the faith required for salvation

Matthew Bates has a most interesting new book out entitled, Salvation by Allegiance Alone: Rethinking Faith, Works, and the Gospel of Jesus the King. From what I can gather (and I would like to read the book, so far only bits and pieces of it, and this interview), I think Bates is hitting on something which better explains all of scripture and specifically the passages on salvation, than the normal explanations we hear and have grown up with in our evangelical and fundamentalist churches.

At the same time, this doesn’t mean that there isn’t truth in many of our explanations, maybe in all of them, as Bates acknowledges himself. It is more like left to themselves, they’re not enough. As one of my wonderful professors in seminary used to say, Dr. Joe Crawford: Saving faith is always submissive faith. If not submitting to Jesus as Lord, then there’s no salvation, pure and simple. I think that strikes the iron against both easy believism and eternal security as sometimes taught in our churches (see Scot McKnight’s foreword, accessible in the “Look inside,” here).

Faith is not mere intellectual assent, or simply receiving a free gift, although both are part of it. It is more, much more. Even grace, biblically understood, is more than we make it out to be. It involves a free gift to be sure, but also a reciprocation of that gift to the giver, and to others. At least that’s so if what this book argues for it’s original meaning is the case. Such rings true to me.

Of course it is by grace we are saved through faith, not of our works as foundational, so that we certainly can’t boast. But good works not only follow, but seem part and parcel of this gift, nothing less than creation in Christ Jesus (see Ephesians 2:8-10).

Sometimes we need new challenges, some seismic, perhaps even paradigmatic shifts in our thinking. Let it sift us, settle, and shape and change us, if need be. The goal is to be true to the faith as revealed in scripture and the gospel, the good news in and through Jesus.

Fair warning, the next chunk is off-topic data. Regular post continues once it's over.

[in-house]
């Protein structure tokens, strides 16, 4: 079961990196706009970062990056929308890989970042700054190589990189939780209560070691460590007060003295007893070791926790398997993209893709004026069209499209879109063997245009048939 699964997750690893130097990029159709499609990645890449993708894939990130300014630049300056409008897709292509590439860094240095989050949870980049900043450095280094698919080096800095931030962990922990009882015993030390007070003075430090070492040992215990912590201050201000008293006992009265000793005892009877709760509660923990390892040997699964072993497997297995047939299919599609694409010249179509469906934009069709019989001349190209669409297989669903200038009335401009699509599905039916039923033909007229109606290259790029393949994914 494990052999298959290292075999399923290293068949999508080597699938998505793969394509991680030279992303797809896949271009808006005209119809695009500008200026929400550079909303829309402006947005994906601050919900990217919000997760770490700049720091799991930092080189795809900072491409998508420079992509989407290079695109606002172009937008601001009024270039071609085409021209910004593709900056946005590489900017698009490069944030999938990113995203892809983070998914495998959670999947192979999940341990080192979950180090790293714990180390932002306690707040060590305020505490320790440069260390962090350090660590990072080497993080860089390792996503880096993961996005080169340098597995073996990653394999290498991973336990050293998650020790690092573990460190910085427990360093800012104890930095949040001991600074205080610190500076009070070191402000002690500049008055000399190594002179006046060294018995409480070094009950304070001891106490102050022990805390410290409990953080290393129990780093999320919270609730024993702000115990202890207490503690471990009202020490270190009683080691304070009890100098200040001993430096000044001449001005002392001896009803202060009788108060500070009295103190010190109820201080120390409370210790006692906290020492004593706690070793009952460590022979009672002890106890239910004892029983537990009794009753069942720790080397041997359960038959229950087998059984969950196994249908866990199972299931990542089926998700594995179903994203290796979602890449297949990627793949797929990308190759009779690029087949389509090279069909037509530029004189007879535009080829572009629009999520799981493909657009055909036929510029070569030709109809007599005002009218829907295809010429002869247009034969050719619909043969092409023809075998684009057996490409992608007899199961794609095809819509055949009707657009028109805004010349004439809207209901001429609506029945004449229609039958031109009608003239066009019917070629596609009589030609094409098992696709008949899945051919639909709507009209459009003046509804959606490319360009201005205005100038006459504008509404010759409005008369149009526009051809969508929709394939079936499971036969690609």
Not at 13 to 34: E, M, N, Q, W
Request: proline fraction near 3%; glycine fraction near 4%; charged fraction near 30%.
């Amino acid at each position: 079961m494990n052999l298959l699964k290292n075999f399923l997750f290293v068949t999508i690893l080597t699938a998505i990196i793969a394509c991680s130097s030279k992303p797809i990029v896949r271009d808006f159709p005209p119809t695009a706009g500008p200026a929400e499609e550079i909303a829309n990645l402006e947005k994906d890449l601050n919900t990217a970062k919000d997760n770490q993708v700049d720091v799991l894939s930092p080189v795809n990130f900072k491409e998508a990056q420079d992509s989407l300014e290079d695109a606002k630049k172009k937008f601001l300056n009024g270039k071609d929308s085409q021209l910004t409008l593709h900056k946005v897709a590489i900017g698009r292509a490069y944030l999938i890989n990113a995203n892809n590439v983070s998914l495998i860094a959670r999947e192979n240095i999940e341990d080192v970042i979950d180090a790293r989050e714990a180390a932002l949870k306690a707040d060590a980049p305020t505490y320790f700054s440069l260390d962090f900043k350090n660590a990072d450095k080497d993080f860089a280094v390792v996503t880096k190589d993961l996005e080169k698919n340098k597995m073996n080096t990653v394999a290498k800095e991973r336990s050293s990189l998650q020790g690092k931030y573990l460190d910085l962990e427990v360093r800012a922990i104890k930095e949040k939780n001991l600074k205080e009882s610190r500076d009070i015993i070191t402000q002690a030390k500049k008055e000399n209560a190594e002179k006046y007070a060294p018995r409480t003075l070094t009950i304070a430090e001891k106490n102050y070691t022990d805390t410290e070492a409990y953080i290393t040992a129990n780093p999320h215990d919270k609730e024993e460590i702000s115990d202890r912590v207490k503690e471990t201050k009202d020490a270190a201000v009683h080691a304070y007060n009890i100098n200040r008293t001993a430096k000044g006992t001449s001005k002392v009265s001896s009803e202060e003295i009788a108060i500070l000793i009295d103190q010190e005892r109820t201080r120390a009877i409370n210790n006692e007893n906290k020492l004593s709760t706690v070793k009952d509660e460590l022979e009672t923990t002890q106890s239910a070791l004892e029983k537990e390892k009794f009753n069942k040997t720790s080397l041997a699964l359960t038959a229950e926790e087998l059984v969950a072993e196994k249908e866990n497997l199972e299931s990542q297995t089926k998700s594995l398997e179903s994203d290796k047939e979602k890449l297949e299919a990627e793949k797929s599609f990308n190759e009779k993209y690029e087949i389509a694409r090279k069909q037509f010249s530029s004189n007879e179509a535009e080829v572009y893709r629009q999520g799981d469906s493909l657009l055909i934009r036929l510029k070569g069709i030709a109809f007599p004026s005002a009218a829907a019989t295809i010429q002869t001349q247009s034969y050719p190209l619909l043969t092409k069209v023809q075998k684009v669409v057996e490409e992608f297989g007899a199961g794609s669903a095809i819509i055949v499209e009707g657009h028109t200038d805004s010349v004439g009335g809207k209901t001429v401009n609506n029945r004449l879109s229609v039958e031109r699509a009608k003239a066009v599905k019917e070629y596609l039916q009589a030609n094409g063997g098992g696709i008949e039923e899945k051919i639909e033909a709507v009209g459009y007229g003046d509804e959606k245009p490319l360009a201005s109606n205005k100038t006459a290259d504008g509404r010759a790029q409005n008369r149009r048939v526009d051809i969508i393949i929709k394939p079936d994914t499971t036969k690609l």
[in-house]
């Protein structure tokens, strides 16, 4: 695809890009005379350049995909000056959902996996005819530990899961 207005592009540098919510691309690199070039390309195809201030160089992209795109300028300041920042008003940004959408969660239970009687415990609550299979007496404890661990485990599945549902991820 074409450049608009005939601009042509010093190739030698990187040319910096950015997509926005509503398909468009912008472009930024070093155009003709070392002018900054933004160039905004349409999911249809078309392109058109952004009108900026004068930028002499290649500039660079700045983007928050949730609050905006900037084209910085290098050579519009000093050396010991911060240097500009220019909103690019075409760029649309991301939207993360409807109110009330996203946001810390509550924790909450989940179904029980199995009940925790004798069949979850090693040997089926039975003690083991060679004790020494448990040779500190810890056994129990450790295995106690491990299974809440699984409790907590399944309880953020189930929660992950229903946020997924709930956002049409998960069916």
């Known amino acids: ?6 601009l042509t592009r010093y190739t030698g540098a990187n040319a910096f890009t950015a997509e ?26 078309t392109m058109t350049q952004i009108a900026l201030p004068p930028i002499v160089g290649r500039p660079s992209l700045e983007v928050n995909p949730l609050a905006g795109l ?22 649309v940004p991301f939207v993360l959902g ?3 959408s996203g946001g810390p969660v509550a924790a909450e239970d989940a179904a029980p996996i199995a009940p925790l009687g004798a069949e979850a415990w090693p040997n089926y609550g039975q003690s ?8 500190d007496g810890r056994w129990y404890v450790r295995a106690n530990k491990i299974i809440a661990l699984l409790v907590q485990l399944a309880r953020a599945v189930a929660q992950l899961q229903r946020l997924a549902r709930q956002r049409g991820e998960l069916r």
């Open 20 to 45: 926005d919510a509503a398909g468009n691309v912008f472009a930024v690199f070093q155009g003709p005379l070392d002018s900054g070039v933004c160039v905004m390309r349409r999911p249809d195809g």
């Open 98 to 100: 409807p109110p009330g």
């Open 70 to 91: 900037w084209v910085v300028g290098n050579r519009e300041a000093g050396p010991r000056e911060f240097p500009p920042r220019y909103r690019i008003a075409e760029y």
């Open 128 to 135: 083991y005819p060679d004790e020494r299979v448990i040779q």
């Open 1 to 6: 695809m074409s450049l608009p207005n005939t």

faith as allegiance

I am more than a little bit averse to easy constructs in theology to describe the whole of what is going on in scripture in the story of God. But I ran across a post, worth the read, which I think provides a good summary of one important aspect of faith, from a scholar, Matthew Bates. I wish he would describe things more in a way which puts the cookies on the lower shelf. If you read him, you may have to use a dictionary and work at thinking through what he is saying, which really is not a bad exercise in itself. Here are three points Scot McKnight draws out of Bates’s thoughts about what faith is:

  1. Mental affirmation/intellectual agreement: certain enough to yield.
  2. Professed fealty to Jesus as Lord (Rom 10:9-10).
  3. Enacted loyalty to the king, as in the obedience of faith.

I do think this point made of scripture making faith to be at its very basic, allegiance, does reflect what scripture actually teaches when one considers faith in the context of Jesus, and again, the post admirably sets that forth. I also want to see faith as somehow basically family-oriented, in that we are children of God through faith in Jesus, and that the faith of a little child is required, if one is to enter into the kingdom of God. So yes, allegiance to King Jesus the Messiah, as Lord, but also faith within the context of family, as God’s children. Of course we need scripture to fill out all the parameters of what allegiance to Jesus and living as God’s children in God’s household means.